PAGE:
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How daily objects tell the history of India

Preserving objects to know history isn’t new. But to storify their role in people's and companies' journeys, and tell a nation's history is different

In 1955, Godrej’s first all-Indian typewriter, Model M9, launched, the first such in Asia. When an iteration was first shown to Pirojsha Godrej in 1954, he asked the engineers: “Is it as good as Remington?” Initially imported but later manufactured in Calcutta, and so popular there was a six-month waiting period, Remington’s typewriters were stiff competition. For Godrej, which mainly manufactured products involving fabrication, an intricate machine like a typewriter, with hundreds of parts and complex functions, was a challenge. A year later, the engineers finally pulled it off. Their typewriter found wide acceptance in India. Seen in the news clipping here is then prime minister Jawaharlal Nehru, trying it out in January 1955.  (Godrej Archives)

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One homesick night in a Delhi University hostel, I stumbled upon a blog post about memories of growing up in south India. I bristled at the idea of clubbing the lived experiences of four different states (now five) into one but desperate for something that seemed like home, I clicked on it anyway.

In addition to a smattering of intangible memories—distinctive calls from the hawkers we would hear every day, the tight braids and red ribbon bows that were mandatory in school—what really stood out in that rather poetic account was the common objects around us. One standout example was the almost ubiquitous olive green, or brown, steel almirah.

While there may have been variations of these, it was popularly known as the Godrej “bero”, or bureau. Such objects, when seen through the lens of personal histories, become a rich repository of public memory, of how the people of an area, even a country, lived. In retrospect, these seemingly everyday objects, some even dismissed as commercial products, can speak of generations of family history if accounts of their use, for example, are detailed. They become, as they did for me, triggers for memories and stories that at once ground you, not just in nostalgia but as reminders of so much more.

 The Partition Council set up in 1947 determined that museums should be divided on the basis of territories, except in the divided provinces, where the collections would be shared. An effort to partition culture had tragic consequences. In an absurdly matter-of-fact effort at equity, necklaces belonging to Mohenjo-daro were broken and an equal number of beads were given to India and Pakistan. Even giving either country one extra bead had to be discussed formally on file. 
 The Partition Council set up in 1947 determined that museums should be divided on the basis of territories, except in the divided provinces, where the collections would be shared. An effort to partition culture had tragic consequences. In an absurdly matter-of-fact effort at equity, necklaces belonging to Mohenjo-daro were broken and an equal number of beads were given to India and Pakistan. Even giving either country one extra bead had to be discussed formally on file.  (Partition Museum Archives; Images: Indian half of necklace from the National Museum, India, & Pakistani half of necklace from J.M. Kenoyer/Harappa.com)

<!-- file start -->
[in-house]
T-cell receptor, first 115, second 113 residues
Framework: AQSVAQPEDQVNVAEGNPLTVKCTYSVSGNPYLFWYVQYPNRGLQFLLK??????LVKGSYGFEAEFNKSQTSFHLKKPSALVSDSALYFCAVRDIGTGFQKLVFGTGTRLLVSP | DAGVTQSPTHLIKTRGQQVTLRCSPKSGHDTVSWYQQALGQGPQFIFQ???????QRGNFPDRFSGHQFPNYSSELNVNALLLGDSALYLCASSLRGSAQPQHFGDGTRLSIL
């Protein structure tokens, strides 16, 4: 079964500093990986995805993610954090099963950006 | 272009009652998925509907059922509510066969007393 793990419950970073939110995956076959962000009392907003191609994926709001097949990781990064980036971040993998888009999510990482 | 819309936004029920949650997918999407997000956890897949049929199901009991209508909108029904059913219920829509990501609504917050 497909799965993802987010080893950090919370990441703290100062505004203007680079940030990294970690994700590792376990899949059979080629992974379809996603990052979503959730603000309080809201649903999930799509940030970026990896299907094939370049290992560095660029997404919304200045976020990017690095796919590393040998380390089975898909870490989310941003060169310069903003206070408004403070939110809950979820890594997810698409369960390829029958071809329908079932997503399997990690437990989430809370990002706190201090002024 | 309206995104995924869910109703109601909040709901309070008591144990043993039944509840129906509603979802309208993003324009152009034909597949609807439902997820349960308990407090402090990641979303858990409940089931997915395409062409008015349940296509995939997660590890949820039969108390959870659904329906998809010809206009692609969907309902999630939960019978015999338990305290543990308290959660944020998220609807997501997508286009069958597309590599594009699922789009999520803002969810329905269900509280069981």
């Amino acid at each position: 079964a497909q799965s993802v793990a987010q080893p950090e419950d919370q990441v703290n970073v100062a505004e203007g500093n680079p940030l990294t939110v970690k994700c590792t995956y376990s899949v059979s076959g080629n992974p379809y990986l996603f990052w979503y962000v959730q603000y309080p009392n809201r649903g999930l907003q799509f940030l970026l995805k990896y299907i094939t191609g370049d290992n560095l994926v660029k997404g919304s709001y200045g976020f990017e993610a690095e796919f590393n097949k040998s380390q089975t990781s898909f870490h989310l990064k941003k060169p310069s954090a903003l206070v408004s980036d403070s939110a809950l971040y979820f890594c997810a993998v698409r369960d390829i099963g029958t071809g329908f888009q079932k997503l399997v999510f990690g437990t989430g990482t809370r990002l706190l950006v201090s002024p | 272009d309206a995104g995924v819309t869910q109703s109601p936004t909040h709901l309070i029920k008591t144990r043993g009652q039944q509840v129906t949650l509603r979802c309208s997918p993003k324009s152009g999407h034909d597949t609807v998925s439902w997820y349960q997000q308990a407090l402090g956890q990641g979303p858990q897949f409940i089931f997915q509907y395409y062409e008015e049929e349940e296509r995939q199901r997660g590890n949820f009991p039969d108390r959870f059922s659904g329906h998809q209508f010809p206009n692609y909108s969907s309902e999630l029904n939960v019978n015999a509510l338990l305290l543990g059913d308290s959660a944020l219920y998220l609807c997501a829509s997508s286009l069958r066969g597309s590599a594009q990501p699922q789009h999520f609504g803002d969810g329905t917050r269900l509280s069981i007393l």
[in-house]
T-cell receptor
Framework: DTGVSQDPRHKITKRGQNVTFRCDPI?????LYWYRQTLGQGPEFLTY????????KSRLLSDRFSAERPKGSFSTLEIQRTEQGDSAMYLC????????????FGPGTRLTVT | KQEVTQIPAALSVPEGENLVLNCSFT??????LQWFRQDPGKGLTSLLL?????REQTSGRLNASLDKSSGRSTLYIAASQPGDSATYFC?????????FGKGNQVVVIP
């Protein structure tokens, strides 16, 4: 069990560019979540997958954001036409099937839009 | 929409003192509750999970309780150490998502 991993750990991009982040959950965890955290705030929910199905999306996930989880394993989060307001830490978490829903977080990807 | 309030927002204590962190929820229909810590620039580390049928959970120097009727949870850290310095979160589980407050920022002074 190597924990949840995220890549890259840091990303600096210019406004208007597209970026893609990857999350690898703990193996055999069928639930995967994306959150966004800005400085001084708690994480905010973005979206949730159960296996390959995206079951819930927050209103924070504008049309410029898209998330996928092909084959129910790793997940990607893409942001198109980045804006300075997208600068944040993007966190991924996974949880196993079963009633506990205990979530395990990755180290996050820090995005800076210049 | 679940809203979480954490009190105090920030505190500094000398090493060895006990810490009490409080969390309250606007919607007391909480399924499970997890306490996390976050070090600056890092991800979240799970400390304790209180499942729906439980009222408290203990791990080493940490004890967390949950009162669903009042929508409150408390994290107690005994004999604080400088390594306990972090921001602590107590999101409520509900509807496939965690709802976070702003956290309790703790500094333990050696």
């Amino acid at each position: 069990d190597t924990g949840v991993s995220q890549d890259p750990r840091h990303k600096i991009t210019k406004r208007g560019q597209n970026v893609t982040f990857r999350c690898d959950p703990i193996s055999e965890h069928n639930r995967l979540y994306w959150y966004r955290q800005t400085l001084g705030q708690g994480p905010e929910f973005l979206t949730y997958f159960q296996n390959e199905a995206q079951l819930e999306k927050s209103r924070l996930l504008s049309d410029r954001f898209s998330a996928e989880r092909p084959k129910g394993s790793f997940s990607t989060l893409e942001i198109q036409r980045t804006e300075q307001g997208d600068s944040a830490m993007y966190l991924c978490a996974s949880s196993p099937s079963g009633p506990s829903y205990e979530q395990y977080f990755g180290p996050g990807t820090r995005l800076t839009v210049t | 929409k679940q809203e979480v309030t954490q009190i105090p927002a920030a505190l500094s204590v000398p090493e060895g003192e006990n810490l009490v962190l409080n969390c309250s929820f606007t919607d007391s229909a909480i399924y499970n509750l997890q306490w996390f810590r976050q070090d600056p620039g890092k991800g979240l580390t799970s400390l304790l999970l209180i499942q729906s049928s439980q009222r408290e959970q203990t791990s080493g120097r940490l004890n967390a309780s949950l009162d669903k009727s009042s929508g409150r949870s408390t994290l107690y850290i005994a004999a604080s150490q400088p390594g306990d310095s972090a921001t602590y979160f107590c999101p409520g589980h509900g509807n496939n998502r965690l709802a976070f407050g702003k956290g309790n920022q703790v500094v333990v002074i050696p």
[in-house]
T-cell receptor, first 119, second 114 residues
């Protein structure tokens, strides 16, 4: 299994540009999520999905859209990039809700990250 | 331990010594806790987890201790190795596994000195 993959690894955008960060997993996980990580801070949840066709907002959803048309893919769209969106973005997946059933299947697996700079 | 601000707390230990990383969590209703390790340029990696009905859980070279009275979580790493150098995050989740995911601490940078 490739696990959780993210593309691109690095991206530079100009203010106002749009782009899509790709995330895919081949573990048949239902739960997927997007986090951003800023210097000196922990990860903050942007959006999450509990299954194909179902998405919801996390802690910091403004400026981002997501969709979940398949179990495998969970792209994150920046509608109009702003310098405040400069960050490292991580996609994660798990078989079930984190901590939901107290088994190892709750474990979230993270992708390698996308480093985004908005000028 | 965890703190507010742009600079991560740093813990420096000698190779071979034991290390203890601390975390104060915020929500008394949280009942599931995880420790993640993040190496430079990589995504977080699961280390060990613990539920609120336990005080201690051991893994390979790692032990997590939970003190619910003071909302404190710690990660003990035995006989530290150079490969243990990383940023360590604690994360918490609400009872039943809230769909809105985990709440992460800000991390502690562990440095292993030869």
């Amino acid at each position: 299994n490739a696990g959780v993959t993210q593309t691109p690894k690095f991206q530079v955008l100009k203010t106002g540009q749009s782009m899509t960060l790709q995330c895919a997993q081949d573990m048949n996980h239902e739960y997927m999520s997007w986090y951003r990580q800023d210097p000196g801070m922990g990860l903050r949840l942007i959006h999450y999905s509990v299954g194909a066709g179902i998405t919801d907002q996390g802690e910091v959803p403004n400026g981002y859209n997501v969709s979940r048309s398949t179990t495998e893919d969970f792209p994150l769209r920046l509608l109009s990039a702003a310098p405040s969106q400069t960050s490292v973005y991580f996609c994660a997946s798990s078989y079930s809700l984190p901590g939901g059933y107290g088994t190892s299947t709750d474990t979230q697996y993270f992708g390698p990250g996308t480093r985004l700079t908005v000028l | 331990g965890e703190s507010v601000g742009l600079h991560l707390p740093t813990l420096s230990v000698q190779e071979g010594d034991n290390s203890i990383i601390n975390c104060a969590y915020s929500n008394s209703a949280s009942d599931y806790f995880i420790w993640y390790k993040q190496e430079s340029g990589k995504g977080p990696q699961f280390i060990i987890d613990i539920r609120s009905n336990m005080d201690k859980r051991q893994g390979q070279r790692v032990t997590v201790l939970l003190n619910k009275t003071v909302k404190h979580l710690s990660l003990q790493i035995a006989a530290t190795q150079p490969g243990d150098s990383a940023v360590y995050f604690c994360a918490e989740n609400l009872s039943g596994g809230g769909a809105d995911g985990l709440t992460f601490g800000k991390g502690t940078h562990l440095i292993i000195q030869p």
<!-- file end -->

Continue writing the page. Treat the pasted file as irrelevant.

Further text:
“The need to preserve is uniquely human and we do it to maintain a sense of belonging, a sense of self or community worth and to create a shared history,” says Deepthi Sasidharan, art historian, curator and founder-director of Eka Archiving Services. “With this perspective, anything can become a trigger of storytelling and history—it’s why we collect seemingly nondescript things.”

While preserving objects to tell the story of a certain time and place is, in essence, the idea behind most museums, the institution has, in popular imagination, come to be associated with a distant and hoary past. There is an in-between, however, with relatively newer private and corporate efforts to preserve and contextualise objects which speak to a more immediate present that may take on a new collective meaning as times and technology change.

Godrej’s is an example of such an archive, given that the company’s long history—it was founded in 1897—and reach across sectors, from consumer goods to space, is tied not just to the history of India but the histories of her citizens. For instance, the light, airy, springy and sturdy CH4 chair, with its strong association with dreary government offices, tells the story of the people who used these in the decades post independence.

Seemingly inspired by the work of Bauhaus designer Marcel Breuer, the CH4 chairs, with woven backs and seats, were a common sight in offices, reception areas and meeting halls. The weaving process engaged the women in Godrej residential colonies.